But Not Forgotten

No one fell asleep eternally
Passed on – they died.
And we who stay to wave them off
Should let them go – with God

Lets keep the names
Lest they look back
And feet forget their going

“Be on your way”
that’s all there is to say

I wanted to shorten a poem I wrote some years ago, and De's 44 word quadrille prompt is just what I need to: Go

40 thoughts on “But Not Forgotten

  1. I don’t like euphemisms for death either. It’s become taboo which is kind of ridiculous considering there would be no life without it!

  2. This is hard-hitting and poignant! 💝 There have been many euphemisms for death over the passage of time in different cultures .. and though it’s meant to be mild and indirect .. I can’t help but wonder if it is enough? I believe in the power of healing hugs, comfortable silence and offering of support (be it moral or otherwise) rather than words. 💝

  3. The euphimisms are endless…I’ve heard “he’s fallen off the perch”! Intriguing poem that left me smiling.

  4. The hook of the first line, and knowing that there is moving forward. I like the way you approached the word “go” and elevated it. Cheers!

  5. You are so right about the euphemisms. When someone dies, they’re gone. They do not live on, though the memory of them might.

  6. “Lest they look back/And feet forget their going” sounds ominous, as if those better off “gone” could change their minds.

  7. I like what you did with the title, Laura. There are no other words for death, we must all come to terms with it, no matter how painful. I wonder if that’s what ghosts are, the ones whose name were spoken, whose feet forgot their going.

    1. thanks for the feedback Kim – certainly that is what the Tibetans and other cultures believe – immediately after death the dead wish to return and hence we encourage them to go forward not back!

  8. I profoundly love the poem, Laura, and I have mixed feelings about the message… need we keep their names unspoken? I’m not sure that would be healing for me.


    1. thank you David – The Talmud tells us that the soul of a person mourns over its own body for seven days as well and the poem means we should not call on/back the immediate dead but speak about them certainly. My own grief has been softned when I do and the bereaved often complain that no one refers to the one they have lost and that hurts.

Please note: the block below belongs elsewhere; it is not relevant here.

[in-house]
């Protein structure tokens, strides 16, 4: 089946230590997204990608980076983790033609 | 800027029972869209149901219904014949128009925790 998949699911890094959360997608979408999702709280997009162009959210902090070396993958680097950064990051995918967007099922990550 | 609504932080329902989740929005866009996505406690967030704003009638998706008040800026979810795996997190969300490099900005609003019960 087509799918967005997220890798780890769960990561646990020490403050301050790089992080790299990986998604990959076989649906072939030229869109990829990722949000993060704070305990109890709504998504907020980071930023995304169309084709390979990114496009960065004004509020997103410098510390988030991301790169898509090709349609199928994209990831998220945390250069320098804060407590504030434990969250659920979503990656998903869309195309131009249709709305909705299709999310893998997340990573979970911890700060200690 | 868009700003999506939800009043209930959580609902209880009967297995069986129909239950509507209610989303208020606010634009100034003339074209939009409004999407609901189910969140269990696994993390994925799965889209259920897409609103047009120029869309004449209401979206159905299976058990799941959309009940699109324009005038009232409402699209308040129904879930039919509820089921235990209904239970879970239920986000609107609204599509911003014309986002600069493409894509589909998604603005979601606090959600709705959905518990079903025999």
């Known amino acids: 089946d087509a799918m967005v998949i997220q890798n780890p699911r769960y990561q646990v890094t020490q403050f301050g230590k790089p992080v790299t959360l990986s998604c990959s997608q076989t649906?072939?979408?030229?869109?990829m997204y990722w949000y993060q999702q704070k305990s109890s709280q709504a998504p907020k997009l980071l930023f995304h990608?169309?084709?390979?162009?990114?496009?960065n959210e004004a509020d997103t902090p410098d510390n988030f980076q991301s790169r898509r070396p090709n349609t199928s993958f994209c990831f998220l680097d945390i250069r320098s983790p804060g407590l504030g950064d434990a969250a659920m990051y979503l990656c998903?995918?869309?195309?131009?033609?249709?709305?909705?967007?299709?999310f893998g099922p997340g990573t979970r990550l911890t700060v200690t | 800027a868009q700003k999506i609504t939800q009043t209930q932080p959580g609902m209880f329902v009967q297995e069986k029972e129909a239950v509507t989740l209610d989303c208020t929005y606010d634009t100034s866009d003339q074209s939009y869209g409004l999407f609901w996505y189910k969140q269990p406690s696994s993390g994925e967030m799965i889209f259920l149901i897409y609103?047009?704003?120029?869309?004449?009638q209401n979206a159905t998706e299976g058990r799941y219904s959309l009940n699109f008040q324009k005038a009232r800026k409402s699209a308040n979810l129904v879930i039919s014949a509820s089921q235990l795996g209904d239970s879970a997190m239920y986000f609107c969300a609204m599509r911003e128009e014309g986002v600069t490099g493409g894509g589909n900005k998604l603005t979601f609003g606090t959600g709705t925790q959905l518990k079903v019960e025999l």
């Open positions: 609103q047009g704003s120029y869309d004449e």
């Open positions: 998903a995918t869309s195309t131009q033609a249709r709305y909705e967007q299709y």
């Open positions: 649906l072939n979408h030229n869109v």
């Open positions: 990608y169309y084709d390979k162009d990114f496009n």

9. Oh, those first few minutes / hours / days. But gone is gone, eh? Let it be.
    Very effective work, this. Well done, LB.

  10. I so like this, particularly the broken lines – ‘Should let them go – with God / Adieu!’; The cliches at the beginning – corrected – again with a broken line – “Passed on – they died.’ Here’s poet as truth-teller – (though maybe hesitating a little). And in the second stanza the hamlet-like twist – but if we say their names… they might forget…and then what? And the final couplet – truth teller again. There’s really nothing more to say about death – but for the hopeful title. Such a lot packed into these scant 44.

    1. I’m overwhelmed by your analysis Peter even down to seeing the title and I really appreciate that you did not get side tracked by subject matter. The poem was once longer but it is better in this quadrilled form. After all, the moment of death is not long winded!

  11. My friend just lost her son and there’s no going back to the way things were. To let go is a difficult process…

  12. This is a very fine job revision for this quadrille. It’s not easy to extract the essence of a longer poem. Nicely done.

  13. There’s certainly no softer name for death, Laura.

    And thanks to your poem and the ideas you’ve shared surrounding its creation, I’ve learnt a lot.

    Yours was a beautiful take.

    p.s: Could I have access to the poem you chose to shorten?

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